After a few days exploring Bali from the south, we decided to head up to Ubud. Many of the temples and other sites were more easily reached from there. Ubud would also provide a change of scenery – from beaches to greenery.
On the first day we visited the monkey forest then went to see the culture and fire show. The cultural part was an extract from the Mahabarata Ramayana, in particular the story of Sita being captured by Ravan and Hanuman’s subsequent intervention which led to her freedom. The performance was followed by the ‘fire show’. Honestly, the picture looks good, but the fire show was somewhat disappointing.
One morning in Ubud we went to visit the rice fields. It was an easy 3km with a beautifully paved road all the way to the village. In the village there were many arts and craftsman busy making the paintwork which is resold in Ubud town, Seminyak, Kuta and Sanur. The artwork could be purchased at wholesale prices.
After 3km a little restaurant sat overlooking one of the largest rice fields. We soaked in the views while eating some fruit and drinking coconut water.
The following day in Ubud we did one last tour. More than any of the other temples on the list for the day we wanted to see the impressive Besakih temple. One of Bali’s holiest of temples it sits on top of a pretty high hill and impressively spans across a large portion of the hill top.
I was pre-warned by the Lonely Planet of the scams the local try to pull on tourists – namely that locals will prevent tourists from walking through Besakih saying a guide is needed. We were equally warned by our driver: we would need to a buy a ticket to go in; there is then a voluntary donation which we can choose to pay; finally if we wish to have a guide we should agree a price that we’re comfortable with upfront so there’s no problems afterwards, but we are not obliged to have a guide.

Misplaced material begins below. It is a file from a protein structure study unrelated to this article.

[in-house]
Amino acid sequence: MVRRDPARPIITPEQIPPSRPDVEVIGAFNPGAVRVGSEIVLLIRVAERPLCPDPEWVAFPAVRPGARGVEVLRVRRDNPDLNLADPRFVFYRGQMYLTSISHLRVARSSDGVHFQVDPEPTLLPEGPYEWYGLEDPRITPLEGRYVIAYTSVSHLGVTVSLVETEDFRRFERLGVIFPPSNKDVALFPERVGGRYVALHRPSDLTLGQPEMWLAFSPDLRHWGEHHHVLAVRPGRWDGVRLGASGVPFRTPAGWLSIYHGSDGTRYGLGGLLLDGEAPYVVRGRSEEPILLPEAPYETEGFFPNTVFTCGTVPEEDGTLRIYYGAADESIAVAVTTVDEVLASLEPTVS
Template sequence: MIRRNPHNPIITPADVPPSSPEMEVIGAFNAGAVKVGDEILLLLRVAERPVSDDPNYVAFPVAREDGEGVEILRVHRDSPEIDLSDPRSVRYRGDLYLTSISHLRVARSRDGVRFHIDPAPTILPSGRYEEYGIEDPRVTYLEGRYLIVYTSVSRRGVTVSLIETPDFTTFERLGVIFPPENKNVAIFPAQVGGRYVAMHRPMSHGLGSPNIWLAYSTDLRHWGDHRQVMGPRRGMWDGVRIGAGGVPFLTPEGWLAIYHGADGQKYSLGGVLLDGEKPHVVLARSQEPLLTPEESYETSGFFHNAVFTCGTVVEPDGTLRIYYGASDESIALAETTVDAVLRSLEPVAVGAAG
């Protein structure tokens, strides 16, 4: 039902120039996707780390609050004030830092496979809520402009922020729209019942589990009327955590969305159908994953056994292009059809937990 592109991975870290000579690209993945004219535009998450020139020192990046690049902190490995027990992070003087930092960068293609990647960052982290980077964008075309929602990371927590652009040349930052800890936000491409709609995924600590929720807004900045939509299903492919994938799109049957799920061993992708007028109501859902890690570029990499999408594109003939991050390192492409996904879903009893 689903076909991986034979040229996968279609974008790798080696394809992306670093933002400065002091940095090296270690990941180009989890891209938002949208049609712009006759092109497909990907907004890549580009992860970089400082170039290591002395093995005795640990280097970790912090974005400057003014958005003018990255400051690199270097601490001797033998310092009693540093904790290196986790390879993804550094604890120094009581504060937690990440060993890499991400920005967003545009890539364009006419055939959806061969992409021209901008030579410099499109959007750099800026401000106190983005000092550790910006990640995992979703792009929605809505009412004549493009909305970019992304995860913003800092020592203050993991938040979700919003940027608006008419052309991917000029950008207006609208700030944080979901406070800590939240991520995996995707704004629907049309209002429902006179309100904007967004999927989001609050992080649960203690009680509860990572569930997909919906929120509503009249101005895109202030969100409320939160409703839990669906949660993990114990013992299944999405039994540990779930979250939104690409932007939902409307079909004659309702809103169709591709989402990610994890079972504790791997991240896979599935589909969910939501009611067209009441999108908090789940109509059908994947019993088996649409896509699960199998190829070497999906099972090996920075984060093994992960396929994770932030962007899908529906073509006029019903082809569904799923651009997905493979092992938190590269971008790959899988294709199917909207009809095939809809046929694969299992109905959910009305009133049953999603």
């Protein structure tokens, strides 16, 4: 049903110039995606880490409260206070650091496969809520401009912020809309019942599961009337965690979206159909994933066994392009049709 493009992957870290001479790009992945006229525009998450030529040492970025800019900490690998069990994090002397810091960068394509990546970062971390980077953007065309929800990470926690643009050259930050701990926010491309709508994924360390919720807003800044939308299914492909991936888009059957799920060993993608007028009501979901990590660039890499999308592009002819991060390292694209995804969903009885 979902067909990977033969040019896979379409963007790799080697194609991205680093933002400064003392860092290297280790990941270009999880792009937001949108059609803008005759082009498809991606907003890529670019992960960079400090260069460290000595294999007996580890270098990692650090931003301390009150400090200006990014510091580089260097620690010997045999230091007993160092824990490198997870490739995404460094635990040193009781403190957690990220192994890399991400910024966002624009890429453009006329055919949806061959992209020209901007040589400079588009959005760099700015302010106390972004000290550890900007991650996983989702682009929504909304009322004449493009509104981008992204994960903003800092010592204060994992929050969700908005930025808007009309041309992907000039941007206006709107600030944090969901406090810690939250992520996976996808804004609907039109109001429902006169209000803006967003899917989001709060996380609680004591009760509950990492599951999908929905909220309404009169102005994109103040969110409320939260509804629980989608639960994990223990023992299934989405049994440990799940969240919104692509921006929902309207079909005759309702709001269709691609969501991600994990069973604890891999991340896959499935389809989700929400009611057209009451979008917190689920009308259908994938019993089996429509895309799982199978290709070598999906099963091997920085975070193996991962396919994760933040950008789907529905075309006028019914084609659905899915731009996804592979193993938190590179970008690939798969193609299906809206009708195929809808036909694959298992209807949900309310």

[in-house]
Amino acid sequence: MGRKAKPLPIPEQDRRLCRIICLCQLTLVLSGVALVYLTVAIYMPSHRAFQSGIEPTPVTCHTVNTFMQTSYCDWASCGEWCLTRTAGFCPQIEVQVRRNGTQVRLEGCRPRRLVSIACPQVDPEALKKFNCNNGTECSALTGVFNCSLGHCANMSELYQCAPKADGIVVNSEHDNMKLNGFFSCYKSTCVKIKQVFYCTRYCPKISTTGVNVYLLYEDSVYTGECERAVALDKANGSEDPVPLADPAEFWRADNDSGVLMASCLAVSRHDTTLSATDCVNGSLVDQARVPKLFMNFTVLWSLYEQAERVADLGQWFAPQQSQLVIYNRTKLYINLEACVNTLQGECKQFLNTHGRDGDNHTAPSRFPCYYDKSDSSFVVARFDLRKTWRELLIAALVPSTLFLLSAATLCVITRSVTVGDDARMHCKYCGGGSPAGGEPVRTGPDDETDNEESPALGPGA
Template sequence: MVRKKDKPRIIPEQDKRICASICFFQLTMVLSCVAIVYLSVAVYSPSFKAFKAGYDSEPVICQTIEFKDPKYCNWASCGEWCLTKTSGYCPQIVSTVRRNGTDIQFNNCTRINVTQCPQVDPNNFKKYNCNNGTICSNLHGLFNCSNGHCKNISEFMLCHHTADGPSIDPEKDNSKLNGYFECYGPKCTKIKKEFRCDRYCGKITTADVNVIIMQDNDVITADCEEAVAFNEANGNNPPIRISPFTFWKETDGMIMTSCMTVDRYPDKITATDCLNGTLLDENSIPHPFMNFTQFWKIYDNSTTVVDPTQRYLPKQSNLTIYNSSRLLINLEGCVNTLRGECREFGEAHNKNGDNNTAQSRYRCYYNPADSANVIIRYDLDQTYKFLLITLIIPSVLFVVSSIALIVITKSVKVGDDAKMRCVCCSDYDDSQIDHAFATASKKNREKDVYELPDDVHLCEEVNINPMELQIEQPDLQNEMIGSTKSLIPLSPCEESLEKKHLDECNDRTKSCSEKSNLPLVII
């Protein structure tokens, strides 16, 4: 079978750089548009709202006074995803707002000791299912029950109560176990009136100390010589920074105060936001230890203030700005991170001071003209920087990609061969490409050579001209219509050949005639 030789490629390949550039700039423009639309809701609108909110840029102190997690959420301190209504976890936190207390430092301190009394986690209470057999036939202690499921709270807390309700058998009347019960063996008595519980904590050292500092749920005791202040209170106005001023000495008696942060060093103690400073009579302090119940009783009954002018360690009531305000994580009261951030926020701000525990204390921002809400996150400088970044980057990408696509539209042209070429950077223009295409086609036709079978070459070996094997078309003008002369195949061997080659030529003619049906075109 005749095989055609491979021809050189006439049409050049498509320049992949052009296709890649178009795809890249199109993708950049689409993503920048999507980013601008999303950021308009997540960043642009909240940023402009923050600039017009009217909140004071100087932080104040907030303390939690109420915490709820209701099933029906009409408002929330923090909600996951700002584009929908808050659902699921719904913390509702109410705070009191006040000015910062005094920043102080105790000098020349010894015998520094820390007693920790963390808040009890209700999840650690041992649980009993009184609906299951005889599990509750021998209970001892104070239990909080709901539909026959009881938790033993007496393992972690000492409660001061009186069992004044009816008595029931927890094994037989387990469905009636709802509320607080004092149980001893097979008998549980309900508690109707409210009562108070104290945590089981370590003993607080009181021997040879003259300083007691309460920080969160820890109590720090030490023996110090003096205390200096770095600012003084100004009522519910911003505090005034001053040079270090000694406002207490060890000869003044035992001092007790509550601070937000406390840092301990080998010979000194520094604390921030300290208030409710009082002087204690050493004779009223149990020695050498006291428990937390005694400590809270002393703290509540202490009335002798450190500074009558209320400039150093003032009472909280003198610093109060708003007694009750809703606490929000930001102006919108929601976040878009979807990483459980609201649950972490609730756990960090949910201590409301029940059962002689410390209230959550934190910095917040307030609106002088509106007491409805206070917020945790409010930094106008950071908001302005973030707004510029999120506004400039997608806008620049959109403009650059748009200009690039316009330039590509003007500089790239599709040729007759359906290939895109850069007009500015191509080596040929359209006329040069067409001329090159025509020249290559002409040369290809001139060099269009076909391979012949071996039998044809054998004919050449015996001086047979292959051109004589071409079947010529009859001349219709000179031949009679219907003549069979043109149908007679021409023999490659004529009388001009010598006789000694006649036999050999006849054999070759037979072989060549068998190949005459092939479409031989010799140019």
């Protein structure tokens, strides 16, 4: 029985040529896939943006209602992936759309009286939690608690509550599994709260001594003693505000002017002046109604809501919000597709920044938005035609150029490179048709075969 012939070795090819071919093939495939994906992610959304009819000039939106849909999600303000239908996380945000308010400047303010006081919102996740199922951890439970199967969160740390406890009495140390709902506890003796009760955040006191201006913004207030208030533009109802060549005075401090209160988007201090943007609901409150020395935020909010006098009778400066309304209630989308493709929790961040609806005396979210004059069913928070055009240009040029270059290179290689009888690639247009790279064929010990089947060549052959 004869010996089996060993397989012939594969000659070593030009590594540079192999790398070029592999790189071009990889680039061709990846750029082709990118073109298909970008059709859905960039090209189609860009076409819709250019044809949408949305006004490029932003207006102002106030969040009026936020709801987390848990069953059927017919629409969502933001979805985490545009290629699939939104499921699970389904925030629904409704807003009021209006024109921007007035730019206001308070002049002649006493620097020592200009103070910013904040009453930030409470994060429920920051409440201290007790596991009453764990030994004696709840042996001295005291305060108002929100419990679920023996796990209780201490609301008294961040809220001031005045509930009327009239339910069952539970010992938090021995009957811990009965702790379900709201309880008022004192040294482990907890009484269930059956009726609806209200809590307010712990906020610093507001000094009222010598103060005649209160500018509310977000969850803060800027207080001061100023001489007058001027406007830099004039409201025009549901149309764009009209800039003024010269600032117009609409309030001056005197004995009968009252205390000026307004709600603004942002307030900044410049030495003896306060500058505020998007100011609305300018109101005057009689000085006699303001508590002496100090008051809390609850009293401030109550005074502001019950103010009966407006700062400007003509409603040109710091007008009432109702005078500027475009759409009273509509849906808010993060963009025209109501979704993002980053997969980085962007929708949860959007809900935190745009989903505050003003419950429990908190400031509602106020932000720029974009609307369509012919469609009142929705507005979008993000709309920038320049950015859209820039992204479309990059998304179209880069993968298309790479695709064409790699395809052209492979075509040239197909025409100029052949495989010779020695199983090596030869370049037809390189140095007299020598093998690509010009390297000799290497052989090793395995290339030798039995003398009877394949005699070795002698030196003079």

So we put our Sarongs on and climbed up to Besakih. Out of English politeness I wrote my name in the guestbook and tried to tip them 10,000 Rupiah (50p, I’m not cheap just skeptical).
The guy said, “1,000,000?” looking insulted.
I said “No, 10,000”.
He replied “You mean 100,000”
I said “10,000”, holding up 8 fingers and 2 thumbs for the avoidance of doubt.
He tried one last time “Oh! 10 each”.
I’m beginning to get annoyed at him so just said “I have a ticket to go in yes?”
“And this is a donation, so I can walk away?”
So this warmed us up to what was about to come. We climbed up the hill, showed some men who requested to see the ticket the ticket, then continued. So far so good, but I was on high alert. As we continued further we saw a sign “Please be aware there is a ceremony today”. Nothing more than that. So we attempted to climb one of the three stair cases to the top of the temple. As one foot went forward towards the step, it was as if I had tripped a claymore of local aggressiveness.
Immediately I hear a voice from behind me.
“Sir, excuse me! You can not go up there without a guide. There is a ceremony today”.
“Yes, I know. But I’m allowed to go up. Look I have a ticket.”
“No, sir. Please look at the sign there is a ceremony. You cannot go up without a guide”.
“The sign just says there is a ceremony.”
“You cannot go up. You need a guide. Ask any of these guides.”
I showed him my ticket, “Where does it say I need a guide”.